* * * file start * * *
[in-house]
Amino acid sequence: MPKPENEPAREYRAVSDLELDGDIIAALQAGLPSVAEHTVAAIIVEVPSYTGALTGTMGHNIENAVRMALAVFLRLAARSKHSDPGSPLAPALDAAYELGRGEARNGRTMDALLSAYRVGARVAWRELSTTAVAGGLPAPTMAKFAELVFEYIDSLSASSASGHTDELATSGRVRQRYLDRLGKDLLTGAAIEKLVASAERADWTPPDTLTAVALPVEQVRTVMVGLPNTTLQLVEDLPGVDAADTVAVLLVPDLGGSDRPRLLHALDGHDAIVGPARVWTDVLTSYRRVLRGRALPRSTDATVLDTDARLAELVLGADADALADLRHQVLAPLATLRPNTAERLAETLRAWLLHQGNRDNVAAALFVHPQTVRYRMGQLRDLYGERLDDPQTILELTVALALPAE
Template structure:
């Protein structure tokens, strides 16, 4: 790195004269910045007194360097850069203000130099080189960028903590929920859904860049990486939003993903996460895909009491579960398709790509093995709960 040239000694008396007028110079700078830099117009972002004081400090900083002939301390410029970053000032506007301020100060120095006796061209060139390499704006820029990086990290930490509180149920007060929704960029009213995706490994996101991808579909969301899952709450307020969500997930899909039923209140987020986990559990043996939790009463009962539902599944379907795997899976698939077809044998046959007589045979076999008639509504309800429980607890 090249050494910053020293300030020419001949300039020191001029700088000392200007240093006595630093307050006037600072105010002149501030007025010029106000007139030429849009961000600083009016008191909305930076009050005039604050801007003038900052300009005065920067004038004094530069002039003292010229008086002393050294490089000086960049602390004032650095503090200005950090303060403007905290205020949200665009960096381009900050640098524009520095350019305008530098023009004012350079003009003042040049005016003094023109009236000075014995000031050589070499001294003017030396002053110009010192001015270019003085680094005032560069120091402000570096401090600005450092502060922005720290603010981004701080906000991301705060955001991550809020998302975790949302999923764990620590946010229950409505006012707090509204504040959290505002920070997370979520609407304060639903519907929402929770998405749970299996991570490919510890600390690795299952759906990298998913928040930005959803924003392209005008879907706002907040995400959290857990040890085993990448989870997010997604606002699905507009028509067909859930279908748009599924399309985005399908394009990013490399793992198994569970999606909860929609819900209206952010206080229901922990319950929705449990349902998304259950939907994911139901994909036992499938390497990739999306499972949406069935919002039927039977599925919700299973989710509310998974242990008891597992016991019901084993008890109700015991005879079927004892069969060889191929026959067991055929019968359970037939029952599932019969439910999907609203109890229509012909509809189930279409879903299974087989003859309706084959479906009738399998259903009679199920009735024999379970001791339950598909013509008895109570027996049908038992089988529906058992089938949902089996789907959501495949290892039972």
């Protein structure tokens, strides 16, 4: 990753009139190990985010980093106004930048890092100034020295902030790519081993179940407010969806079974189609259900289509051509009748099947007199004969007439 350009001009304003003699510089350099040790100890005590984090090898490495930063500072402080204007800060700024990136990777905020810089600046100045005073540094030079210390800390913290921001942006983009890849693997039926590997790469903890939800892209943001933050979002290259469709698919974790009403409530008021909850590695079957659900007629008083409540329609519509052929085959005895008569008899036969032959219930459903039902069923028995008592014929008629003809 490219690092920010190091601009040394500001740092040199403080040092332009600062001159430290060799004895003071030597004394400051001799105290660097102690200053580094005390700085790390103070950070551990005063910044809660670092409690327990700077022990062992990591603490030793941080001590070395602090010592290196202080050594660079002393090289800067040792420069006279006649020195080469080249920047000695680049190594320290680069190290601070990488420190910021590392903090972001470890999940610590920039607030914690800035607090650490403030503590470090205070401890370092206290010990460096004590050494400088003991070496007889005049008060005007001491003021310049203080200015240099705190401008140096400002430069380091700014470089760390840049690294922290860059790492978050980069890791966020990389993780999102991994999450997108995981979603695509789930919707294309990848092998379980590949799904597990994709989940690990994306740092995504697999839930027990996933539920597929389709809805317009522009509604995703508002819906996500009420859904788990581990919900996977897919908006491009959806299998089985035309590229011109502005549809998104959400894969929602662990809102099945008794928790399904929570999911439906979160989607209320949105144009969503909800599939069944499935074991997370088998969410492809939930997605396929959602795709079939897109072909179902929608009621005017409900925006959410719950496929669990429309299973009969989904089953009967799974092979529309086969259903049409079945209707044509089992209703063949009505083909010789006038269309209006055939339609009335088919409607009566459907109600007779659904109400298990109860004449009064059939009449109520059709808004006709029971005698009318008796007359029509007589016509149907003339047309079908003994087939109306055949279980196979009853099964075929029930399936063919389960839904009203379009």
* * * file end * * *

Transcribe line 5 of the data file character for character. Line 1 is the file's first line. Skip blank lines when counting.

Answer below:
């Protein structure tokens, strides 16, 4: 990753009139190990985010980093106004930048890092100034020295902030790519081993179940407010969806079974189609259900289509051509009748099947007199004969007439 350009001009304003003699510089350099040790100890005590984090090898490495930063500072402080204007800060700024990136990777905020810089600046100045005073540094030079210390800390913290921001942006983009890849693997039926590997790469903890939800892209943001933050979002290259469709698919974790009403409530008021909850590695079957659900007629008083409540329609519509052929085959005895008569008899036969032959219930459903039902069923028995008592014929008629003809 490219690092920010190091601009040394500001740092040199403080040092332009600062001159430290060799004895003071030597004394400051001799105290660097102690200053580094005390700085790390103070950070551990005063910044809660670092409690327990700077022990062992990591603490030793941080001590070395602090010592290196202080050594660079002393090289800067040792420069006279006649020195080469080249920047000695680049190594320290680069190290601070990488420190910021590392903090972001470890999940610590920039607030914690800035607090650490403030503590470090205070401890370092206290010990460096004590050494400088003991070496007889005049008060005007001491003021310049203080200015240099705190401008140096400002430069380091700014470089760390840049690294922290860059790492978050980069890791966020990389993780999102991994999450997108995981979603695509789930919707294309990848092998379980590949799904597990994709989940690990994306740092995504697999839930027990996933539920597929389709809805317009522009509604995703508002819906996500009420859904788990581990919900996977897919908006491009959806299998089985035309590229011109502005549809998104959400894969929602662990809102099945008794928790399904929570999911439906979160989607209320949105144009969503909800599939069944499935074991997370088998969410492809939930997605396929959602795709079939897109072909179902929608009621005017409900925006959410719950496929669990429309299973009969989904089953009967799974092979529309086969259903049409079945209707044509089992209703063949009505083909010789006038269309209006055939339609009335088919409607009566459907109600007779659904109400298990109860004449009064059939009449109520059709808004006709029971005698009318008796007359029509007589016509149907003339047309079908003994087939109306055949279980196979009853099964075929029930399936063919389960839904009203379009």